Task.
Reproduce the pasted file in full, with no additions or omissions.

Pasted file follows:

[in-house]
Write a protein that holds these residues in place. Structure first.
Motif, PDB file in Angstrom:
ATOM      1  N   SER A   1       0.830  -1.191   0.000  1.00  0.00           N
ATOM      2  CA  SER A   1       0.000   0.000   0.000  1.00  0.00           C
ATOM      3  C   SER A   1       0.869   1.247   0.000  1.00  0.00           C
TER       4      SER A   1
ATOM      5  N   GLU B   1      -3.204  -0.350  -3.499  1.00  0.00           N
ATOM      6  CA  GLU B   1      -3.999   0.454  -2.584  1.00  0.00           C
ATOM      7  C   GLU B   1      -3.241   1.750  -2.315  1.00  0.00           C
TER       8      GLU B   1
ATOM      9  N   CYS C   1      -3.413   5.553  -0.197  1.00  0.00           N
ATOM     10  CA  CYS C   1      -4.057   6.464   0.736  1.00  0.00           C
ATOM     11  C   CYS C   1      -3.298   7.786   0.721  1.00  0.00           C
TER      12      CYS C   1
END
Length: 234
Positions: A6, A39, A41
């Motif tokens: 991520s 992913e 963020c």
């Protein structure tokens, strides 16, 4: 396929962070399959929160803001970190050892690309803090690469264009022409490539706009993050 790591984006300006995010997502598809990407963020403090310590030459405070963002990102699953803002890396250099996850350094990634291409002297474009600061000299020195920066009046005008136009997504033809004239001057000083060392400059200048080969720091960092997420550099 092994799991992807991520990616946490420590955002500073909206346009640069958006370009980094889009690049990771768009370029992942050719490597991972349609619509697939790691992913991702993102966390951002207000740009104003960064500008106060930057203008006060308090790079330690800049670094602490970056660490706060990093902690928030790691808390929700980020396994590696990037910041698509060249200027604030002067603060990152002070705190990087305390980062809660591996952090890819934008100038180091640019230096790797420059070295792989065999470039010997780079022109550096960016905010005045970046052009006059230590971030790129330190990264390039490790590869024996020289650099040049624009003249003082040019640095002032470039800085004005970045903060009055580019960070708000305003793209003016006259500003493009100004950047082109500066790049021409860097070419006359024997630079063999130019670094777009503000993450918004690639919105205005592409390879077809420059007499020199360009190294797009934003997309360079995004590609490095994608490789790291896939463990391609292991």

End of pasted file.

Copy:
[in-house]
Write a protein that holds these residues in place. Structure first.
Motif, PDB file in Angstrom:
ATOM      1  N   SER A   1       0.830  -1.191   0.000  1.00  0.00           N
ATOM      2  CA  SER A   1       0.000   0.000   0.000  1.00  0.00           C
ATOM      3  C   SER A   1       0.869   1.247   0.000  1.00  0.00           C
TER       4      SER A   1
ATOM      5  N   GLU B   1      -3.204  -0.350  -3.499  1.00  0.00           N
ATOM      6  CA  GLU B   1      -3.999   0.454  -2.584  1.00  0.00           C
ATOM      7  C   GLU B   1      -3.241   1.750  -2.315  1.00  0.00           C
TER       8      GLU B   1
ATOM      9  N   CYS C   1      -3.413   5.553  -0.197  1.00  0.00           N
ATOM     10  CA  CYS C   1      -4.057   6.464   0.736  1.00  0.00           C
ATOM     11  C   CYS C   1      -3.298   7.786   0.721  1.00  0.00           C
TER      12      CYS C   1
END
Length: 234
Positions: A6, A39, A41
């Motif tokens: 991520s 992913e 963020c």
């Protein structure tokens, strides 16, 4: 396929962070399959929160803001970190050892690309803090690469264009022409490539706009993050 790591984006300006995010997502598809990407963020403090310590030459405070963002990102699953803002890396250099996850350094990634291409002297474009600061000299020195920066009046005008136009997504033809004239001057000083060392400059200048080969720091960092997420550099 092994799991992807991520990616946490420590955002500073909206346009640069958006370009980094889009690049990771768009370029992942050719490597991972349609619509697939790691992913991702993102966390951002207000740009104003960064500008106060930057203008006060308090790079330690800049670094602490970056660490706060990093902690928030790691808390929700980020396994590696990037910041698509060249200027604030002067603060990152002070705190990087305390980062809660591996952090890819934008100038180091640019230096790797420059070295792989065999470039010997780079022109550096960016905010005045970046052009006059230590971030790129330190990264390039490790590869024996020289650099040049624009003249003082040019640095002032470039800085004005970045903060009055580019960070708000305003793209003016006259500003493009100004950047082109500066790049021409860097070419006359024997630079063999130019670094777009503000993450918004690639919105205005592409390879077809420059007499020199360009190294797009934003997309360079995004590609490095994608490789790291896939463990391609292991």